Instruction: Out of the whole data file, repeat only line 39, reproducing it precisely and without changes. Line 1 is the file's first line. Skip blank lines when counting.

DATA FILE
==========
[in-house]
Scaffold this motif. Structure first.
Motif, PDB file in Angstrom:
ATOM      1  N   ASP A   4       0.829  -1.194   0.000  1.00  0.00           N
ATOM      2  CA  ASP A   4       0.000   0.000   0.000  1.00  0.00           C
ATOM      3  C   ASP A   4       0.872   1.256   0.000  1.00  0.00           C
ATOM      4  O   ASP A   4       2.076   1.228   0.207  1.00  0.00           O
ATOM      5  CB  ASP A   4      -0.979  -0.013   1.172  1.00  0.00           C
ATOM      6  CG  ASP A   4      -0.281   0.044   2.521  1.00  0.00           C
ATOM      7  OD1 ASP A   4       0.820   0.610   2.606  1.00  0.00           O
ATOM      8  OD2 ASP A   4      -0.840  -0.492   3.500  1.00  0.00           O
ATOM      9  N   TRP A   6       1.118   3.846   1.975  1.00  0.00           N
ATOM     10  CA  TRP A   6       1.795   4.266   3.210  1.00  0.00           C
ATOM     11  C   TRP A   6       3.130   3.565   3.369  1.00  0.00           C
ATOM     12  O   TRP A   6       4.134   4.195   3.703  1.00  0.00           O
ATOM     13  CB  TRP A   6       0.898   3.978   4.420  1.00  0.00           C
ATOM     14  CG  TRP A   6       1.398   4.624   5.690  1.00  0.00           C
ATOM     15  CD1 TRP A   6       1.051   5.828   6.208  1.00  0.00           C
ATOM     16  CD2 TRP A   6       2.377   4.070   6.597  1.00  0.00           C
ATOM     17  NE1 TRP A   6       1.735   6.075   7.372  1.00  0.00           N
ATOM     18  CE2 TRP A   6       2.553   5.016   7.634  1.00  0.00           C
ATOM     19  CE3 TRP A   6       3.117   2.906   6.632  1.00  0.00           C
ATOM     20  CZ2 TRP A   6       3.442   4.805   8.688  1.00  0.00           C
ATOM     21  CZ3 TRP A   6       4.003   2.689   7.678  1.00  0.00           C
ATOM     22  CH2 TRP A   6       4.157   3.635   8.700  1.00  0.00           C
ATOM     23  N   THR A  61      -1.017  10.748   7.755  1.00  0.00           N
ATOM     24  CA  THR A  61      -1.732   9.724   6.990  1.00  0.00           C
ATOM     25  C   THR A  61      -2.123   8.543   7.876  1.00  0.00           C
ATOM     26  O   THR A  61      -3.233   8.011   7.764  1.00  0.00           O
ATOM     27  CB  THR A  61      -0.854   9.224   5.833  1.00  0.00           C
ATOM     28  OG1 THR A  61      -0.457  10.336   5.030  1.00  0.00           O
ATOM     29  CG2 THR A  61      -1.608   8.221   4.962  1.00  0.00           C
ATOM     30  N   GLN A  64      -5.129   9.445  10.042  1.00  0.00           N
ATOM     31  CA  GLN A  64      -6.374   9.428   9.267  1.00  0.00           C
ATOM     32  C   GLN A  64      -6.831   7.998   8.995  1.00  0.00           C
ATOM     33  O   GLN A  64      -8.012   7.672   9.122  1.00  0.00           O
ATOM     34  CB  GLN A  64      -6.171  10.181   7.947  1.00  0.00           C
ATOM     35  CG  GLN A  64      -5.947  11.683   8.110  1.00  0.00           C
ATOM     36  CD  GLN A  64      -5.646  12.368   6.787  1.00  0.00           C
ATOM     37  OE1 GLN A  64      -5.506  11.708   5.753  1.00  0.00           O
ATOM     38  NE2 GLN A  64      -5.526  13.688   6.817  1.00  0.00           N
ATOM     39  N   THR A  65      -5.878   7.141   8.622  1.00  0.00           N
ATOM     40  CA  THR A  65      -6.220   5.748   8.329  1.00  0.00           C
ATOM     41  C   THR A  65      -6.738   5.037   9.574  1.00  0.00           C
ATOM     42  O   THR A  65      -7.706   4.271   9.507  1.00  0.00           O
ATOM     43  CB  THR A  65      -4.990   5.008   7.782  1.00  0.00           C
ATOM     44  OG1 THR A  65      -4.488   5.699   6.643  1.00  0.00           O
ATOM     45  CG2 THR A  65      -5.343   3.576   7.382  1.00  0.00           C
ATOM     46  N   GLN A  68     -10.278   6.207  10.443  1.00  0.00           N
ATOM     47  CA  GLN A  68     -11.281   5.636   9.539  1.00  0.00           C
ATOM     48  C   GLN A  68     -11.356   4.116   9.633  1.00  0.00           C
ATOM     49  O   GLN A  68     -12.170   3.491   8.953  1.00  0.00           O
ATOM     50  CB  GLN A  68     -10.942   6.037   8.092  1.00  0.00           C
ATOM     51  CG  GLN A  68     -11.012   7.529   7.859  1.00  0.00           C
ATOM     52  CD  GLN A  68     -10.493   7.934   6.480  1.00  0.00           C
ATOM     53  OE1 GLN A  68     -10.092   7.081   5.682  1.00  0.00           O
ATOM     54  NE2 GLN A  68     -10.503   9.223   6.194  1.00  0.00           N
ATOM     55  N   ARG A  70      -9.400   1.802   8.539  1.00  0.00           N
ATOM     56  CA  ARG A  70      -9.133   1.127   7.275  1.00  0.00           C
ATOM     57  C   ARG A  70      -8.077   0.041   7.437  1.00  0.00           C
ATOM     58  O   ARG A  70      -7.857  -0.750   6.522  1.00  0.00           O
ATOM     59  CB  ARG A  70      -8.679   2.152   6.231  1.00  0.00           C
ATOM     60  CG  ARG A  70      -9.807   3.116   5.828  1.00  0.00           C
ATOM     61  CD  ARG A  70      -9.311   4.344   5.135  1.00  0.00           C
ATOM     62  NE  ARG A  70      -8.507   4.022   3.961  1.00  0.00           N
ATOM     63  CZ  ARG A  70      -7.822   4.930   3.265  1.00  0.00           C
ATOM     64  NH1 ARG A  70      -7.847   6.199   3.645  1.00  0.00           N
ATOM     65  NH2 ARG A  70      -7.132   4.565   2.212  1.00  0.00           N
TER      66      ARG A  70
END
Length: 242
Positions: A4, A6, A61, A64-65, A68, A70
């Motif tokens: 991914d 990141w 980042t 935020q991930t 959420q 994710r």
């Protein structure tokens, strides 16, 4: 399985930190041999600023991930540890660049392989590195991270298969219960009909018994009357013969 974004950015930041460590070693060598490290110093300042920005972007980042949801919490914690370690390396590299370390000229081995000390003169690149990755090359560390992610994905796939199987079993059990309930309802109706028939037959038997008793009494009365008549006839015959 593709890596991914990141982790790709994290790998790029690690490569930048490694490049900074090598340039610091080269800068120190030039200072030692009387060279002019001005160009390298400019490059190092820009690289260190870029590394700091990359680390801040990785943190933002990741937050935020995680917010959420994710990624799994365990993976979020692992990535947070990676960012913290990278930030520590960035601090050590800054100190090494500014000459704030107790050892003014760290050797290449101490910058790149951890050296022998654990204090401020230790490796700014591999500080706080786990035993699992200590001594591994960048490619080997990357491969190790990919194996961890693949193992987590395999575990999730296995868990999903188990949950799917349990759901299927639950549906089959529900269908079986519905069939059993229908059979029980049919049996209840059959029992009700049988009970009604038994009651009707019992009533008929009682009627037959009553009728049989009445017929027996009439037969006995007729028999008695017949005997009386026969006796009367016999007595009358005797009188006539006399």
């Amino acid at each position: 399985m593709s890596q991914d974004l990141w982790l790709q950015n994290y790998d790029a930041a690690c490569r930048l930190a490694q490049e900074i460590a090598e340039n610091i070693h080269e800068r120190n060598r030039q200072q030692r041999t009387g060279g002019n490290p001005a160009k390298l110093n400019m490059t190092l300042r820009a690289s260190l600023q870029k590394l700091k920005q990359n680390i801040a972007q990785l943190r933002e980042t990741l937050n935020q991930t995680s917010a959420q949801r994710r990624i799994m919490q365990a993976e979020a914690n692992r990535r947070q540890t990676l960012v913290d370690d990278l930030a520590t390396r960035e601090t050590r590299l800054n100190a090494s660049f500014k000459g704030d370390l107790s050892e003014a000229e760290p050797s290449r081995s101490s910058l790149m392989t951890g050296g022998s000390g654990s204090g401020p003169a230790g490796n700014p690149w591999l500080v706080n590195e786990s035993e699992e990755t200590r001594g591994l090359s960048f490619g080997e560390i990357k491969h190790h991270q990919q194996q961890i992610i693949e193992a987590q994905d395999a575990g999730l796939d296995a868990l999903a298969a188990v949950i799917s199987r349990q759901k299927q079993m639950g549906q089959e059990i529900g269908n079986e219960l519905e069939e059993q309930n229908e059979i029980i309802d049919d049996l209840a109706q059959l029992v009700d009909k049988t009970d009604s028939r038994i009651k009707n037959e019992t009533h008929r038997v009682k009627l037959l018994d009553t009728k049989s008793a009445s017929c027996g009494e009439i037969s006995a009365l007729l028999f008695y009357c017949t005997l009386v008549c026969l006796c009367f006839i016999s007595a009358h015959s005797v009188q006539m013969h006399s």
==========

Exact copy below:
ATOM     36  CD  GLN A  64      -5.646  12.368   6.787  1.00  0.00           C